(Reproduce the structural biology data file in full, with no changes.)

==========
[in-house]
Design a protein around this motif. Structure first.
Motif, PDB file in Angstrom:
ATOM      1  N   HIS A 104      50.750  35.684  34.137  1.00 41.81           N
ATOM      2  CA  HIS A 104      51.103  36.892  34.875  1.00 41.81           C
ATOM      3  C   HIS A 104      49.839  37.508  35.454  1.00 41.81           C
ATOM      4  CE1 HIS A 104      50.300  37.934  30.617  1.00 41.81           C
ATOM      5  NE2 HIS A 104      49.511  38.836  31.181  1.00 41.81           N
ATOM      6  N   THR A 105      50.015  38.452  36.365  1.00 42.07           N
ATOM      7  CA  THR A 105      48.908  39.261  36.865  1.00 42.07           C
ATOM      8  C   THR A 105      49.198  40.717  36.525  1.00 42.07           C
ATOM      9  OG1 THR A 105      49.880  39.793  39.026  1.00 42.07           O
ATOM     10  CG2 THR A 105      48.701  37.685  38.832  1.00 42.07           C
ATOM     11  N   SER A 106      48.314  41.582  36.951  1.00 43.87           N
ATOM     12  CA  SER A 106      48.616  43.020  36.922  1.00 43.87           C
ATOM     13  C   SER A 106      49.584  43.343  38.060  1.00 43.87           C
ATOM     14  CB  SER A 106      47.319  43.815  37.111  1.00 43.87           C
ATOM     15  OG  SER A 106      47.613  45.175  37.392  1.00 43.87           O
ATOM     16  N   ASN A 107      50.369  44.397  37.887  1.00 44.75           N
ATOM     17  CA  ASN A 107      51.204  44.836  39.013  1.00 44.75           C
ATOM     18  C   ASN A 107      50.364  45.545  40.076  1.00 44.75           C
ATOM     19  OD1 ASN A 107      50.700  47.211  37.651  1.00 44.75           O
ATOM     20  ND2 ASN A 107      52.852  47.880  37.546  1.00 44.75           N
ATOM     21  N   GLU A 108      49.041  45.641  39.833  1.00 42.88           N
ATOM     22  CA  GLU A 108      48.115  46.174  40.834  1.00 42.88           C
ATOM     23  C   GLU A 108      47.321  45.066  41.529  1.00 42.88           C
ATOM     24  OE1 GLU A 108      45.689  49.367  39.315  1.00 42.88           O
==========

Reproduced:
[in-house]
Design a protein around this motif. Structure first.
Motif, PDB file in Angstrom:
ATOM      1  N   HIS A 104      50.750  35.684  34.137  1.00 41.81           N
ATOM      2  CA  HIS A 104      51.103  36.892  34.875  1.00 41.81           C
ATOM      3  C   HIS A 104      49.839  37.508  35.454  1.00 41.81           C
ATOM      4  CE1 HIS A 104      50.300  37.934  30.617  1.00 41.81           C
ATOM      5  NE2 HIS A 104      49.511  38.836  31.181  1.00 41.81           N
ATOM      6  N   THR A 105      50.015  38.452  36.365  1.00 42.07           N
ATOM      7  CA  THR A 105      48.908  39.261  36.865  1.00 42.07           C
ATOM      8  C   THR A 105      49.198  40.717  36.525  1.00 42.07           C
ATOM      9  OG1 THR A 105      49.880  39.793  39.026  1.00 42.07           O
ATOM     10  CG2 THR A 105      48.701  37.685  38.832  1.00 42.07           C
ATOM     11  N   SER A 106      48.314  41.582  36.951  1.00 43.87           N
ATOM     12  CA  SER A 106      48.616  43.020  36.922  1.00 43.87           C
ATOM     13  C   SER A 106      49.584  43.343  38.060  1.00 43.87           C
ATOM     14  CB  SER A 106      47.319  43.815  37.111  1.00 43.87           C
ATOM     15  OG  SER A 106      47.613  45.175  37.392  1.00 43.87           O
ATOM     16  N   ASN A 107      50.369  44.397  37.887  1.00 44.75           N
ATOM     17  CA  ASN A 107      51.204  44.836  39.013  1.00 44.75           C
ATOM     18  C   ASN A 107      50.364  45.545  40.076  1.00 44.75           C
ATOM     19  OD1 ASN A 107      50.700  47.211  37.651  1.00 44.75           O
ATOM     20  ND2 ASN A 107      52.852  47.880  37.546  1.00 44.75           N
ATOM     21  N   GLU A 108      49.041  45.641  39.833  1.00 42.88           N
ATOM     22  CA  GLU A 108      48.115  46.174  40.834  1.00 42.88           C
ATOM     23  C   GLU A 108      47.321  45.066  41.529  1.00 42.88           C
ATOM     24  OE1 GLU A 108      45.689  49.367  39.315  1.00 42.88           O